And the president is betting against history. The record of all government programs is that, slowly but surely, they run down. The combination of bureaucratic rigidity, political chicanery, and special-interest rent-seeking creates a monster like public education. You get a huge establishment costing vast amounts of money. But year by year it delivers less and less. Until one day it runs off into the ditch. Even America’s favorite government program, manned spaceflight, has followed that trajectory. Forty years ago, a second Manhattan Project put a man on the Moon. Since then, nothing.

Most likely the president will get some sort of a bill out of Congress and declare victory. And then a few months later the think tanks will report that the Medicare unfunded liability is now the ObamaCare unfunded liability, and it just doubled from $30 trillion to $60 trillion.

Hey. It’s just your money.

Christopher Chantrill blogs at www.roadtothemiddleclass.com.

Buy his Road to the Middle Class.

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Faith & Purpose

“When we began first to preach these things, the people appeared as awakened from the sleep of ages—they seemed to see for the first time that they were responsible beings, and that a refusal to use the means appointed was a damning sin.”
Finke, Stark, The Churching of America, 1776-1990


Mutual Aid

In 1911... at least nine million of the 12 million covered by national insurance were already members of voluntary sick pay schemes. A similar proportion were also eligible for medical care.
Green, Reinventing Civil Society


Education

“We have met with families in which for weeks together, not an article of sustenance but potatoes had been used; yet for every child the hard-earned sum was provided to send them to school.”
E. G. West, Education and the State


Living Under Law

Law being too tenuous to rely upon in [Ulster and the Scottish borderlands], people developed patterns of settling differences by personal fighting and family feuds.
Thomas Sowell, Conquests and Cultures


German Philosophy

The primary thing to keep in mind about German and Russian thought since 1800 is that it takes for granted that the Cartesian, Lockean or Humean scientific and philosophical conception of man and nature... has been shown by indisputable evidence to be inadequate.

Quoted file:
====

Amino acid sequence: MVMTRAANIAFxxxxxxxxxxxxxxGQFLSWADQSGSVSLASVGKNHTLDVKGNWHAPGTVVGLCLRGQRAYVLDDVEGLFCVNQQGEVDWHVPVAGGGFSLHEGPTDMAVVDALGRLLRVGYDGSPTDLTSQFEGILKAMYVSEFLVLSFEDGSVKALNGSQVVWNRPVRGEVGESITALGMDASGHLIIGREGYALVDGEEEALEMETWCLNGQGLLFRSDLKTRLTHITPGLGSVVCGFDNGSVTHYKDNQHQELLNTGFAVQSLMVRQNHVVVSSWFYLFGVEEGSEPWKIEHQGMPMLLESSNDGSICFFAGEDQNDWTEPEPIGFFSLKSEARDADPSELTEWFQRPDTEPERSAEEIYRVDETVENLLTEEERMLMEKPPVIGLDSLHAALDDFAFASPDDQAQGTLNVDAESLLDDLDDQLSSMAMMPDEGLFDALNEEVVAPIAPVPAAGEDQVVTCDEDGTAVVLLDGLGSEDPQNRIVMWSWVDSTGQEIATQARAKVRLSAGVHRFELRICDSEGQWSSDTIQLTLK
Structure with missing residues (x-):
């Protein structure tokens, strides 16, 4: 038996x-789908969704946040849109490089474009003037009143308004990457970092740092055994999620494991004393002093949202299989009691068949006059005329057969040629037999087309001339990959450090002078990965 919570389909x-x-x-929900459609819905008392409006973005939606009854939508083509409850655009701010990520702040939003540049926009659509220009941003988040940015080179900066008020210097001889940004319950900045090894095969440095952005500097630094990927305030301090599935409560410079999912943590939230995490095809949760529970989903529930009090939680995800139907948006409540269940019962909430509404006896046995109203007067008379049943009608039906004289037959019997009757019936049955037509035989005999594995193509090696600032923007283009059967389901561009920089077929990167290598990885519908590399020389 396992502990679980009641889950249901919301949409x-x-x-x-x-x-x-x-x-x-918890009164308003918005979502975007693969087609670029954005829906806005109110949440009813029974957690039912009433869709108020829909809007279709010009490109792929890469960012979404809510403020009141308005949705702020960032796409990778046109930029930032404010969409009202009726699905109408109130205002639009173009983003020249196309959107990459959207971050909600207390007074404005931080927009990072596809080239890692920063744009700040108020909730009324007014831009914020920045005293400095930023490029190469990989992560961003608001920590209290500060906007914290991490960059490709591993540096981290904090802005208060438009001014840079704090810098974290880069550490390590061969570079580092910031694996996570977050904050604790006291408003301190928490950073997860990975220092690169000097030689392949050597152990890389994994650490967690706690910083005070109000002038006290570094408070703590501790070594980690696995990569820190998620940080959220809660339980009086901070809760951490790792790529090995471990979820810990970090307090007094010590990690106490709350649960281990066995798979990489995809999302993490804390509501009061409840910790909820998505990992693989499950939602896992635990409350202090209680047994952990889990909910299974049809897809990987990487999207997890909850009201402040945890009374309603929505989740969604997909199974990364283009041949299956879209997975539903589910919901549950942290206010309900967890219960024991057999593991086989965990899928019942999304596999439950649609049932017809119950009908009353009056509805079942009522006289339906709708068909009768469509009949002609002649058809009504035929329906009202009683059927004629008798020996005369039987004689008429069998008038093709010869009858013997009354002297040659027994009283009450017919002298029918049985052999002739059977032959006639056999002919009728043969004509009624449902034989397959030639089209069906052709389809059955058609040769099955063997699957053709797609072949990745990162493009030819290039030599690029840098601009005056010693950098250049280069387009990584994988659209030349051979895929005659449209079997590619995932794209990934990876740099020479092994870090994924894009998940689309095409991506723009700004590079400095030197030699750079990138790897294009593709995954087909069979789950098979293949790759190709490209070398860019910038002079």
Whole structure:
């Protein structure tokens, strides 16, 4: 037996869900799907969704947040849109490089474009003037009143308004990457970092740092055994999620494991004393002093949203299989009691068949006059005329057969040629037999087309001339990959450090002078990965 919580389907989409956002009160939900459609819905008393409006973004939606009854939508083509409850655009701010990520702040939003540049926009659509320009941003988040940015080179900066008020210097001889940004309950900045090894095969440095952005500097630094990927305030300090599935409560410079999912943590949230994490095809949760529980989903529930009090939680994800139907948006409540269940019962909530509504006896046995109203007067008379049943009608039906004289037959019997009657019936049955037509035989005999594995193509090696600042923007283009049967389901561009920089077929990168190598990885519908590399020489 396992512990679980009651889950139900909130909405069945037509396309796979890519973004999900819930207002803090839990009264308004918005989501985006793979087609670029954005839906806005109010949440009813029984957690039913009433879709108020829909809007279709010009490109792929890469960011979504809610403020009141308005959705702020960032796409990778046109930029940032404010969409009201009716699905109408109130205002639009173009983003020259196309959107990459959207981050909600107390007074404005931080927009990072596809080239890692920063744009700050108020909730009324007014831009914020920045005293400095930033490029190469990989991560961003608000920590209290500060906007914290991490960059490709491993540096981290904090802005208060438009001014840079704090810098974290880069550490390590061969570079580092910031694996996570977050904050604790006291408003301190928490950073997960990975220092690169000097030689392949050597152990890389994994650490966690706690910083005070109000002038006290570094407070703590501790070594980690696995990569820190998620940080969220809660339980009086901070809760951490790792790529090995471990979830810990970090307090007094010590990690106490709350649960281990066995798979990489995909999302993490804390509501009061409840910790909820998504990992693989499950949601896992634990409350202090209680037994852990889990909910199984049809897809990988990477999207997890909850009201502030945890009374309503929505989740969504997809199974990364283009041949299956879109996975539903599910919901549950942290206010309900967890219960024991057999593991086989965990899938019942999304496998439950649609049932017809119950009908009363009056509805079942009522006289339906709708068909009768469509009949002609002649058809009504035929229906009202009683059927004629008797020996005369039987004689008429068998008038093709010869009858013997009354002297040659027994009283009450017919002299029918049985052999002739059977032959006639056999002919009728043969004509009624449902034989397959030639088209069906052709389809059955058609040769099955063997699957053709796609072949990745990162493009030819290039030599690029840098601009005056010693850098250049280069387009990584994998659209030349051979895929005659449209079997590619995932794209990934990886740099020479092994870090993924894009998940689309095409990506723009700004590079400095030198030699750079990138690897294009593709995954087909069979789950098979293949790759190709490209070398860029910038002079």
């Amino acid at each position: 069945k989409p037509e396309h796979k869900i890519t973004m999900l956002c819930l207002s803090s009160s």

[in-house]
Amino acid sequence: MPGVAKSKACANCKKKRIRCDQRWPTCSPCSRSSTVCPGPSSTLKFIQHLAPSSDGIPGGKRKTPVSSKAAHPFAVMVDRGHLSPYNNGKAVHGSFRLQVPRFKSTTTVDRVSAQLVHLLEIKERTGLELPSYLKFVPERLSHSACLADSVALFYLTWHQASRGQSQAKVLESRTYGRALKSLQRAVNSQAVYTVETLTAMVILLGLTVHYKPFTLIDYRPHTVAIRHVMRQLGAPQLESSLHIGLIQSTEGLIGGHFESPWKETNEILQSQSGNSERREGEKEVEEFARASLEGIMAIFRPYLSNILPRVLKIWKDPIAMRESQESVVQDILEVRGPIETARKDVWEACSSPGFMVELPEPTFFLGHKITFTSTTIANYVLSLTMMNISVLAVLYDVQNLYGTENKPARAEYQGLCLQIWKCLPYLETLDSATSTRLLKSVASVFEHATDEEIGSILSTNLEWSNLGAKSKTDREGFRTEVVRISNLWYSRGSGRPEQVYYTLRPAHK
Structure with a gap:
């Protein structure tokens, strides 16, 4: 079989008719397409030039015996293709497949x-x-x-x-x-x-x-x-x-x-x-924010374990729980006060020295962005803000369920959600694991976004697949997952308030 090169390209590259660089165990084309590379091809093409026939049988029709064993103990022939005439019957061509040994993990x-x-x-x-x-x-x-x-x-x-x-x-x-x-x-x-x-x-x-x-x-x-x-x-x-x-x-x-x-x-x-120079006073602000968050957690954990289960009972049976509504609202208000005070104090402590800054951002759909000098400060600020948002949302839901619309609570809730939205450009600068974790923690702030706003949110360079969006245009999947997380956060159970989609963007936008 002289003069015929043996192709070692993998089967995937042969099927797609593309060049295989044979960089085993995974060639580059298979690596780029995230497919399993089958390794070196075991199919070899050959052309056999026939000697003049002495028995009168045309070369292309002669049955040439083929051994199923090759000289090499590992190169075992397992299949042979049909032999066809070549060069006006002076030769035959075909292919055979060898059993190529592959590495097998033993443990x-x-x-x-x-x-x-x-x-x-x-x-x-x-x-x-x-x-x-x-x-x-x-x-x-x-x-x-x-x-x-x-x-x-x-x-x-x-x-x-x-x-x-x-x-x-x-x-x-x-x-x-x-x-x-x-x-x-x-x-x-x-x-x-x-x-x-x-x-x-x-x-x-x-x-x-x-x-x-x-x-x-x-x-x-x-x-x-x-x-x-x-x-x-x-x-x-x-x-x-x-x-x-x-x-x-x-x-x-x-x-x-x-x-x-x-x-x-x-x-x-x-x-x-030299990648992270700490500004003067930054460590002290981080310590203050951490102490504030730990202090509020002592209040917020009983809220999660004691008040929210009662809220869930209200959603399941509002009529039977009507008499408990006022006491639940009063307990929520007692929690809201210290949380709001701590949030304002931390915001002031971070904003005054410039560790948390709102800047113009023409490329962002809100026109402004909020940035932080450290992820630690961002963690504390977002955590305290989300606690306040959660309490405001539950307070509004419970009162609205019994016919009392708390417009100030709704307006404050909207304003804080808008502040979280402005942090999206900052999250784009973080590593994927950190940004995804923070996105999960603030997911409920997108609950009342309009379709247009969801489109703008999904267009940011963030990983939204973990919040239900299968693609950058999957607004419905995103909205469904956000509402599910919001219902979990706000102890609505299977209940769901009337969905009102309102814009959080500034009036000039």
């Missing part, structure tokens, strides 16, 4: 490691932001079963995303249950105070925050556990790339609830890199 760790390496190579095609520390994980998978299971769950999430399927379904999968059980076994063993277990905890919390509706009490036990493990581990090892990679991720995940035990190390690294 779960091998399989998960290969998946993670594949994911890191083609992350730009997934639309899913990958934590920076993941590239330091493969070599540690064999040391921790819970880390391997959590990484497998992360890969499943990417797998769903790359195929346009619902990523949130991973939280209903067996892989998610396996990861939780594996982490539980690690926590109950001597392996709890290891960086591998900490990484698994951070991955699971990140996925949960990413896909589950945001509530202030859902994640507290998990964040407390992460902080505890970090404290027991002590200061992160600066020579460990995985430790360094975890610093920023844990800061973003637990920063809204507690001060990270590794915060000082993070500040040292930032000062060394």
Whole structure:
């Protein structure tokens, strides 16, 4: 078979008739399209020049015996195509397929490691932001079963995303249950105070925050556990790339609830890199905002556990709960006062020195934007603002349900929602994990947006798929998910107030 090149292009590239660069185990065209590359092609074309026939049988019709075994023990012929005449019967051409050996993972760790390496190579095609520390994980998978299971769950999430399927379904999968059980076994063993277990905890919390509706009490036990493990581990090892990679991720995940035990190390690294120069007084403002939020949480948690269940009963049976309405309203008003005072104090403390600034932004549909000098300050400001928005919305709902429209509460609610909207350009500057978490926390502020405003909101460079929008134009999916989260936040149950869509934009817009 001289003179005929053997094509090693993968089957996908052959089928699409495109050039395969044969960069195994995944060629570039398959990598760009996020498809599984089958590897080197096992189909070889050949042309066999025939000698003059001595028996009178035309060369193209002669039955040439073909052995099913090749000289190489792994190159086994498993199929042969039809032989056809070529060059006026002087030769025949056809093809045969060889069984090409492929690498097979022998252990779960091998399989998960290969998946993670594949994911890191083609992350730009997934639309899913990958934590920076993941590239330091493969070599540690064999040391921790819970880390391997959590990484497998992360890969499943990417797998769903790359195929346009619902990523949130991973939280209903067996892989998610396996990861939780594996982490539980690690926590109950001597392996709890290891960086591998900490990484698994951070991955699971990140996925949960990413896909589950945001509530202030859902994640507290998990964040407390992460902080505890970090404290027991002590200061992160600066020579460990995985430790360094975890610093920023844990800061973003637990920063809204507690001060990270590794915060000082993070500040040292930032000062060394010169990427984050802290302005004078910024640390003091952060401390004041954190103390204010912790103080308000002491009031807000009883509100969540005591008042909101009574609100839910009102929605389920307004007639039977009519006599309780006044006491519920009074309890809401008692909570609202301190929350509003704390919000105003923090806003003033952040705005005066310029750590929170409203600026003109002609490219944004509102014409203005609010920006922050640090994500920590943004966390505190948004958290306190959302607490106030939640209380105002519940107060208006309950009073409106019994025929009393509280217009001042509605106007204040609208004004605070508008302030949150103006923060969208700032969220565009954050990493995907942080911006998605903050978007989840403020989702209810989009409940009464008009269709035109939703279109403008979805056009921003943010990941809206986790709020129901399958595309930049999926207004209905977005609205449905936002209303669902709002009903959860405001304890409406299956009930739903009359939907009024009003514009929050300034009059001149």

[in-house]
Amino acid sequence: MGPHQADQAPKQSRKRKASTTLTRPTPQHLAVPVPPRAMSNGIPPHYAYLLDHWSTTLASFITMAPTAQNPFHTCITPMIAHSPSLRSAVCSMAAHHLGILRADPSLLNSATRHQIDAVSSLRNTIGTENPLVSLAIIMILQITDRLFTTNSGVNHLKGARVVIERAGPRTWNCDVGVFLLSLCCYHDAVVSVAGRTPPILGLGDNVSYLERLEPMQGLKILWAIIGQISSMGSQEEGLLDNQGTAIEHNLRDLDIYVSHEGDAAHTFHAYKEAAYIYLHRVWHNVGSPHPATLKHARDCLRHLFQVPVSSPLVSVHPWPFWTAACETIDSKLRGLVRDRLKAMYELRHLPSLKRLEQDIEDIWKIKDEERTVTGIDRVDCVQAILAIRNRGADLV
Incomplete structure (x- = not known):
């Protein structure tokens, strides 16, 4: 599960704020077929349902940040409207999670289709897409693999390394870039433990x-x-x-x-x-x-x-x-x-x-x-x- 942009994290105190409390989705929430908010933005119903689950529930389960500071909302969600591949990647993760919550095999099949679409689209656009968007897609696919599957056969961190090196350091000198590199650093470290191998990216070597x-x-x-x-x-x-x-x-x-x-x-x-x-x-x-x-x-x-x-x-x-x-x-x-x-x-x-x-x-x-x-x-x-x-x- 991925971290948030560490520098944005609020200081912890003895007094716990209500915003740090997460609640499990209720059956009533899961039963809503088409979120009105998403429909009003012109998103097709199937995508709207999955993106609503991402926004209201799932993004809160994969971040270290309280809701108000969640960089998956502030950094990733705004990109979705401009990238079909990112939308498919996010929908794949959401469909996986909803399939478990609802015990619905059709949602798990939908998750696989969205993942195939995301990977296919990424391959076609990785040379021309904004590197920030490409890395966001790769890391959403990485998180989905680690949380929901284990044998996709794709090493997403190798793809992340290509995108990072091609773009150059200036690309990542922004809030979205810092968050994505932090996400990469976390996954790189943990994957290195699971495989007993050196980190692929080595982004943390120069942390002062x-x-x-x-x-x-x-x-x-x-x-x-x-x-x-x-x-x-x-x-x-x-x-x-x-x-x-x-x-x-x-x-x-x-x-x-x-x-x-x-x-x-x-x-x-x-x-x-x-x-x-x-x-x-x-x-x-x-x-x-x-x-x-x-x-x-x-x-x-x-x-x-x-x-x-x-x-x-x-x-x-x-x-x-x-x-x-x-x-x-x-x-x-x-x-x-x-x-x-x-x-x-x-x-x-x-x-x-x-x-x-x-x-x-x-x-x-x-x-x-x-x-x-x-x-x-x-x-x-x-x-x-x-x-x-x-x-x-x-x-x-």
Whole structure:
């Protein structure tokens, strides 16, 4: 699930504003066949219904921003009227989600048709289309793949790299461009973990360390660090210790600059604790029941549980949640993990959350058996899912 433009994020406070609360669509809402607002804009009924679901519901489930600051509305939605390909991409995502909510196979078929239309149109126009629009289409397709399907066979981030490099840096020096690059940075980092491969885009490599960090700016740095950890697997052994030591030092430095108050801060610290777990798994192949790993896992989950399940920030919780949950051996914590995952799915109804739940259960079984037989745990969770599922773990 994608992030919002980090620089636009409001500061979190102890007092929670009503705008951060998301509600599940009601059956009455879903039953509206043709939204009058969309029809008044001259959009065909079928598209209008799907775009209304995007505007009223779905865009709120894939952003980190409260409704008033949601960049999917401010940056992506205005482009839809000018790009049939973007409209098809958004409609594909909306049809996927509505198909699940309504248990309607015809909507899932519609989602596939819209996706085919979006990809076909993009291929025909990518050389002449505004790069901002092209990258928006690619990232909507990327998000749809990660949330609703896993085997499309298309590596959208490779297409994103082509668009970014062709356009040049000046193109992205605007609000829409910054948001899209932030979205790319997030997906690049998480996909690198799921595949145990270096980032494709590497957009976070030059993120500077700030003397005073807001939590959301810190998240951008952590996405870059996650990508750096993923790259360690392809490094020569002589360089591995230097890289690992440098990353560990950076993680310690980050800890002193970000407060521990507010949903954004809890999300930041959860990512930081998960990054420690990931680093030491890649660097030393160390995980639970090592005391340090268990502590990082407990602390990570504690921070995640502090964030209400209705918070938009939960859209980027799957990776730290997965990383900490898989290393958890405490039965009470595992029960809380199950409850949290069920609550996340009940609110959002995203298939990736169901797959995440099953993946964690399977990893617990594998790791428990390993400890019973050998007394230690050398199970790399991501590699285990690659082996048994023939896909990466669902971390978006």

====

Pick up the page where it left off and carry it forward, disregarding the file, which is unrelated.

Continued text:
F.S.C. Northrop, The Meeting of East and West


Knowledge

Inquiry does not start unless there is a problem... It is the problem and its characteristics revealed by analysis which guides one first to the relevant facts and then, once the relevant facts are known, to the relevant hypotheses.
F.S.C. Northrop, The Logic of the Sciences and the Humanities


Chappies

“But I saw a man yesterday who knows a fellow who had it from a chappie that said that Urquhart had been dipping himself a bit recklessly off the deep end.”  —Freddy Arbuthnot
Dorothy L. Sayers, Strong Poison


Democratic Capitalism

I mean three systems in one: a predominantly market economy; a polity respectful of the rights of the individual to life, liberty, and the pursuit of happiness; and a system of cultural institutions moved by ideals of liberty and justice for all. In short, three dynamic and converging systems functioning as one: a democratic polity, an economy based on markets and incentives, and a moral-cultural system which is plural and, in the largest sense, liberal.
Michael Novak, The Spirit of Democratic Capitalism


Action

The incentive that impels a man to act is always some uneasiness... But to make a man act [he must have] the expectation that purposeful behavior has the power to remove or at least to alleviate the felt uneasiness.
Ludwig von Mises, Human Action


Churches

[In the] higher Christian churches... they saunter through the liturgy like Mohawks along a string of scaffolding who have long since forgotten their danger. If God were to blast such a service to bits, the congregation would be, I believe, genuinely shocked. But in the low churches you expect it every minute.
Annie Dillard, Holy the Firm


Conversion

“When we received Christ,” Phil added, “all of a sudden we now had a rule book to go by, and when we had problems the preacher was right there to give us the answers.”
James M. Ault, Jr., Spirit and Flesh


Living Law

The recognition and integration of extralegal property rights [in the Homestead Act] was a key element in the United States becoming the most important market economy and producer of capital in the world.
Hernando de Soto, The Mystery of Capital


presented by Christopher Chantrill